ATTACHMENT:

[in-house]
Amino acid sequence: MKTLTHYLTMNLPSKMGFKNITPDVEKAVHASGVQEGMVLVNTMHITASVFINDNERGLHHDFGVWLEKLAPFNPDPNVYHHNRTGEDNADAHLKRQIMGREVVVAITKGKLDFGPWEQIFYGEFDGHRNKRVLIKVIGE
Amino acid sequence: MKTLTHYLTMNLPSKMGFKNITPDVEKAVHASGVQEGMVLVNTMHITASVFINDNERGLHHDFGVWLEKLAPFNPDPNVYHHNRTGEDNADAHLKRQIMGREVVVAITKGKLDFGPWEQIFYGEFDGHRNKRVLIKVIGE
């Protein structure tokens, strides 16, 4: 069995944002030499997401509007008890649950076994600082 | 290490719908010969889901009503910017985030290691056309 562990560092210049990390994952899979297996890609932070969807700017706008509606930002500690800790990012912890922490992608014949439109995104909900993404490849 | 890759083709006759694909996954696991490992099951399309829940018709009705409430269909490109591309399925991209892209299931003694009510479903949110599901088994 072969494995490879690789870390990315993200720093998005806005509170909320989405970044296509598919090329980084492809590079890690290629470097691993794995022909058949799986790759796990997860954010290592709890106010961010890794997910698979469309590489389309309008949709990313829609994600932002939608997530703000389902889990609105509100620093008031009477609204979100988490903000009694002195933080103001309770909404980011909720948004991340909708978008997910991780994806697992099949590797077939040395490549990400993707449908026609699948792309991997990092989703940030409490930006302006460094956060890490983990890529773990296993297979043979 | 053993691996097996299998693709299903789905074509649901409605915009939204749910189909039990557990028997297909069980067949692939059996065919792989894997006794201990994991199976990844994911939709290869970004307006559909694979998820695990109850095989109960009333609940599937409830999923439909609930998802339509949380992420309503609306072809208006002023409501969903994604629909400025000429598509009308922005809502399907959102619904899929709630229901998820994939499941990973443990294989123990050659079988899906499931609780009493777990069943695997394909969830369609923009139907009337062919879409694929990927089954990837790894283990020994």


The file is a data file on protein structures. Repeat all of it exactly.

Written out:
[in-house]
Amino acid sequence: MKTLTHYLTMNLPSKMGFKNITPDVEKAVHASGVQEGMVLVNTMHITASVFINDNERGLHHDFGVWLEKLAPFNPDPNVYHHNRTGEDNADAHLKRQIMGREVVVAITKGKLDFGPWEQIFYGEFDGHRNKRVLIKVIGE
Amino acid sequence: MKTLTHYLTMNLPSKMGFKNITPDVEKAVHASGVQEGMVLVNTMHITASVFINDNERGLHHDFGVWLEKLAPFNPDPNVYHHNRTGEDNADAHLKRQIMGREVVVAITKGKLDFGPWEQIFYGEFDGHRNKRVLIKVIGE
């Protein structure tokens, strides 16, 4: 069995944002030499997401509007008890649950076994600082 | 290490719908010969889901009503910017985030290691056309 562990560092210049990390994952899979297996890609932070969807700017706008509606930002500690800790990012912890922490992608014949439109995104909900993404490849 | 890759083709006759694909996954696991490992099951399309829940018709009705409430269909490109591309399925991209892209299931003694009510479903949110599901088994 072969494995490879690789870390990315993200720093998005806005509170909320989405970044296509598919090329980084492809590079890690290629470097691993794995022909058949799986790759796990997860954010290592709890106010961010890794997910698979469309590489389309309008949709990313829609994600932002939608997530703000389902889990609105509100620093008031009477609204979100988490903000009694002195933080103001309770909404980011909720948004991340909708978008997910991780994806697992099949590797077939040395490549990400993707449908026609699948792309991997990092989703940030409490930006302006460094956060890490983990890529773990296993297979043979 | 053993691996097996299998693709299903789905074509649901409605915009939204749910189909039990557990028997297909069980067949692939059996065919792989894997006794201990994991199976990844994911939709290869970004307006559909694979998820695990109850095989109960009333609940599937409830999923439909609930998802339509949380992420309503609306072809208006002023409501969903994604629909400025000429598509009308922005809502399907959102619904899929709630229901998820994939499941990973443990294989123990050659079988899906499931609780009493777990069943695997394909969830369609923009139907009337062919879409694929990927089954990837790894283990020994």